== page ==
Non-medical switching is a discussion that happens every day for some physicians. Insurance companies and P&T committees change formularies resulting in therapy changes. Patients have to endure these changes or pay the difference.
We are approaching that time of year when we begin to see more of these formulary changes. Patients purchased their insurance plans before the start of the year and can now use it. Decisions about health plans are not made lightly. Patients consider the monthly premium, out of pocket costs, drug copays, current drug therapy, and more.
Despite doing due diligence in picking a health plan with coverage considerations for necessary therapy, patients do not have stable coverage. Health plans can still change formularies, drug tiers, and coverage options. In most states, there is only a notification of change requirement (for example, 45 or 60 days).
Non-medical switching is a frequent practice that deprioritizes patient outcomes in lieu of profitability.
What is Non-Medical Switching?
Non-medical switching is the practice of switching a medication to a more cost-saving option without increased evidence for efficacy or safety. The insurance company or prescription benefit managers (PBMs) can reduce or completely eliminate coverage for the original prescription.
These changes in coverage are cost-driven by the insurance company or PBMs. They aim to drive down costs without any data supporting better patient outcomes.
This non-medical switch could also occur based on reducing coverage or blocking manufacturer copay coupon assistance programs. Because these are necessary for affordability, the prescription would become unaffordable. The patient would then have to switch therapy. This poses risk for side effects, decreased quality of life, more doctor visits, and worse outcomes.
By deprioritizing patient outcomes, non-medical switching has negative consequences for the patient experience.
The patient journey to better health outcomes is long. The patient first starts to experience symptoms. In some cases, it isn’t a quick progression or decline in daily function. But over time, it gets worse and their quality of life decreases.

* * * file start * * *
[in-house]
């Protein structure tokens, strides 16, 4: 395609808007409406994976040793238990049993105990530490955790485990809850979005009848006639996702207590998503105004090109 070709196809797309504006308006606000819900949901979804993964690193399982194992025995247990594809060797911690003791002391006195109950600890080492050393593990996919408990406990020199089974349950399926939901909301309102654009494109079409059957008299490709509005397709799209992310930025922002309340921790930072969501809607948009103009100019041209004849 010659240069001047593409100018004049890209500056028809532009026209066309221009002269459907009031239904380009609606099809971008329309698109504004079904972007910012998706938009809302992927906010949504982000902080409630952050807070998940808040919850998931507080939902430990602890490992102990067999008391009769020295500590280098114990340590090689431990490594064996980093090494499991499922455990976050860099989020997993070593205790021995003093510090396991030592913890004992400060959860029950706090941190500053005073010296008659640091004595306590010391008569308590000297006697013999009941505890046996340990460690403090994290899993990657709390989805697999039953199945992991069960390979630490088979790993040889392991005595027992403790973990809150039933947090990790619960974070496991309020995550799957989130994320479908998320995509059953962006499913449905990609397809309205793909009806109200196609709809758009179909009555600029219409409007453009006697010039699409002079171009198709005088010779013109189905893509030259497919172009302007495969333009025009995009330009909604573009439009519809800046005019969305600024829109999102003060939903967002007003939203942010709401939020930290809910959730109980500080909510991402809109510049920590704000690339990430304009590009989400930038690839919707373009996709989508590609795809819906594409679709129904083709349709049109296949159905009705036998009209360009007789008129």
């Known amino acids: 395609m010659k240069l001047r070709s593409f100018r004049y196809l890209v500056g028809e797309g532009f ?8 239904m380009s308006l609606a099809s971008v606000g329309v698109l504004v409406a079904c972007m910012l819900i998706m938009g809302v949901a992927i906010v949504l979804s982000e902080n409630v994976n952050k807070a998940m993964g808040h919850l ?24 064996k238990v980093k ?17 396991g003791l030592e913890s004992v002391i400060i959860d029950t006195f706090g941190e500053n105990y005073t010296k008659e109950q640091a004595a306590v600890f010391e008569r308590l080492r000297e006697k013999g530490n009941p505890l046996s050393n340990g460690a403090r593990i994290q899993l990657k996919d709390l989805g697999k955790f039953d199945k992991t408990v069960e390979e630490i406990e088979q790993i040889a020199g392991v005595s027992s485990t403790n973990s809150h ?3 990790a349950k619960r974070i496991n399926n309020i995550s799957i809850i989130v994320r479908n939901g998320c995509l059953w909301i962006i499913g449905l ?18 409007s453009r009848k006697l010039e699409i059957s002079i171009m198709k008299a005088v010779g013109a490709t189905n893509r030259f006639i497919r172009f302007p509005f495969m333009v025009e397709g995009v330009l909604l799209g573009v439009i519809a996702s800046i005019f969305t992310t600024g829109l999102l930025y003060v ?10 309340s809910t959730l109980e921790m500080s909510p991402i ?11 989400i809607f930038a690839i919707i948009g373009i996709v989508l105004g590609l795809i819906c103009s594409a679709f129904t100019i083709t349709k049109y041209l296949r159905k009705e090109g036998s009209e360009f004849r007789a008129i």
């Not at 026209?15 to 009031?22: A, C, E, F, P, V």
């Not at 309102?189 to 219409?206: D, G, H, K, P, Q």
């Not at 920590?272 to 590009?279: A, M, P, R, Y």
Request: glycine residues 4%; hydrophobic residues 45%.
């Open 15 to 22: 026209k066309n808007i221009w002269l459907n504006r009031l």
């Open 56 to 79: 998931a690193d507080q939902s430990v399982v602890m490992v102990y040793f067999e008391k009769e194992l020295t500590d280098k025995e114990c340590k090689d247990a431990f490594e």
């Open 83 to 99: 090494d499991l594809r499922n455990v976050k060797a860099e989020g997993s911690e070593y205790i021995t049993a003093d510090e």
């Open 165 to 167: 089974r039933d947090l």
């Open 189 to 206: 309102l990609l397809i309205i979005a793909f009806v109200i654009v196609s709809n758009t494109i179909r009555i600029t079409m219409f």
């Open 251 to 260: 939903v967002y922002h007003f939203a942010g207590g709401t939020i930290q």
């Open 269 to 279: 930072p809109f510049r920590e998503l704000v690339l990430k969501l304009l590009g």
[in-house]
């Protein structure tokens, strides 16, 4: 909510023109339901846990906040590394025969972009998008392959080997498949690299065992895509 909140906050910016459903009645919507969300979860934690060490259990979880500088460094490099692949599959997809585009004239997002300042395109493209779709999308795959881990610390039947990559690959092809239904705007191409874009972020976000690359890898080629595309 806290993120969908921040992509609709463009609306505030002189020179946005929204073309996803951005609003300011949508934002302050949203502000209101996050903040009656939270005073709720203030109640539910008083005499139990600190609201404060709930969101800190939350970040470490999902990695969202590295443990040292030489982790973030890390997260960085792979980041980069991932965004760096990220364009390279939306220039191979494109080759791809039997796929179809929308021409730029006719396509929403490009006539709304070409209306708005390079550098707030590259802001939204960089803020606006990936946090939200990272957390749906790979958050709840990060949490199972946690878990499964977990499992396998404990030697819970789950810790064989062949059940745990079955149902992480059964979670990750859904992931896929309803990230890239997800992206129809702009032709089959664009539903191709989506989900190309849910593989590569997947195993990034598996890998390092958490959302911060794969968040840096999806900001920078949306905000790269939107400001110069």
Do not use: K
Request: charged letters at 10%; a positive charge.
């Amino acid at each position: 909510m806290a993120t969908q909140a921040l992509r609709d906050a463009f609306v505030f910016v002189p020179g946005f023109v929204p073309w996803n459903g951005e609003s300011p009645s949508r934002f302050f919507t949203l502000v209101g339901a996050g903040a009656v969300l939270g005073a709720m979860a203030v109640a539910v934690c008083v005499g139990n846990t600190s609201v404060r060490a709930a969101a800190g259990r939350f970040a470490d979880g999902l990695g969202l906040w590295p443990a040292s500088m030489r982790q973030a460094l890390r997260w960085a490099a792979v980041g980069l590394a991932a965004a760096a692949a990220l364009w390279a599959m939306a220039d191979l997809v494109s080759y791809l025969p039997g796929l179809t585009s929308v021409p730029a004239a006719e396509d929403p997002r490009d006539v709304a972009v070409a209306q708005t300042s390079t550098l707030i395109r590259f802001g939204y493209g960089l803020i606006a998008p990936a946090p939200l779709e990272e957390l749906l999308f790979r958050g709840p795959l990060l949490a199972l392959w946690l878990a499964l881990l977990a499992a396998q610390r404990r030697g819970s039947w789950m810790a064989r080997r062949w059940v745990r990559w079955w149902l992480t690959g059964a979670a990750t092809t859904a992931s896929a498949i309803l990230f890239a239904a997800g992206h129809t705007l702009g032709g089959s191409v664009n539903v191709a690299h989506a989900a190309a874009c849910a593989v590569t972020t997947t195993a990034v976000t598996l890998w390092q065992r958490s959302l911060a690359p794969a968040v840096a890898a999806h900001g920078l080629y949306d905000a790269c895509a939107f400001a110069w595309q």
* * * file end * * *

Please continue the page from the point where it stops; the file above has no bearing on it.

Once the patient goes to a healthcare facility, it takes approximately 4.8 years for patients with rare diseases to get diagnosed. Despite being referred to specialists, going to multiple facilities, and enduring multiple investigations, there are still delays for diagnosis.
Then there’s payer policy and step therapy. The barriers set in place to try low cost alternatives to see subtherapeutic outcomes. Some policies require a trial of multiple therapies before moving on to an effective treatment. And these fail-first trials often take months.
Now, we’re at least 5 or 6 years into the patient journey, probably more, and we aren’t seeing a change. The patient is losing faith in the health system. The patient has finally gone through enough trials and tribulations to qualify for a specialized therapy that has more promising data. There are still administrative hurdles to go through, but we’ve seen it before. Prior authorizations, high copays, delays, but the patient finally gets on therapy.
Alas, the patient sees a change in status, an improvement of outcomes. An improvement of quality of life.
Non-medical switching takes away the relief of better outcomes and quality of life. The patient has to go back to trying different therapies, knowing that the drug they need is not covered or unaffordable.
After years of trying to get a diagnosis and get on treatment, it isn’t a surprise that many patients don’t want or are afraid to switch therapy. Non-medical switching brings the fear of losing remission status for many patients.
Impact on Patients
Patients are often overwhelmed by the practice of non-medical switching. Changes in therapy without any financial benefit results in a lot of risk for the patient.
For a patient, it means:
- having to relearn complicated medication names
- figuring out what the medication does
- readjusting to therapy and possible pill burden
- out of sync medications
- possible decreased efficacy
- potential side effects
- return of symptoms
- medical complications
- abandonment of therapy
A simple switch isn’t so simple.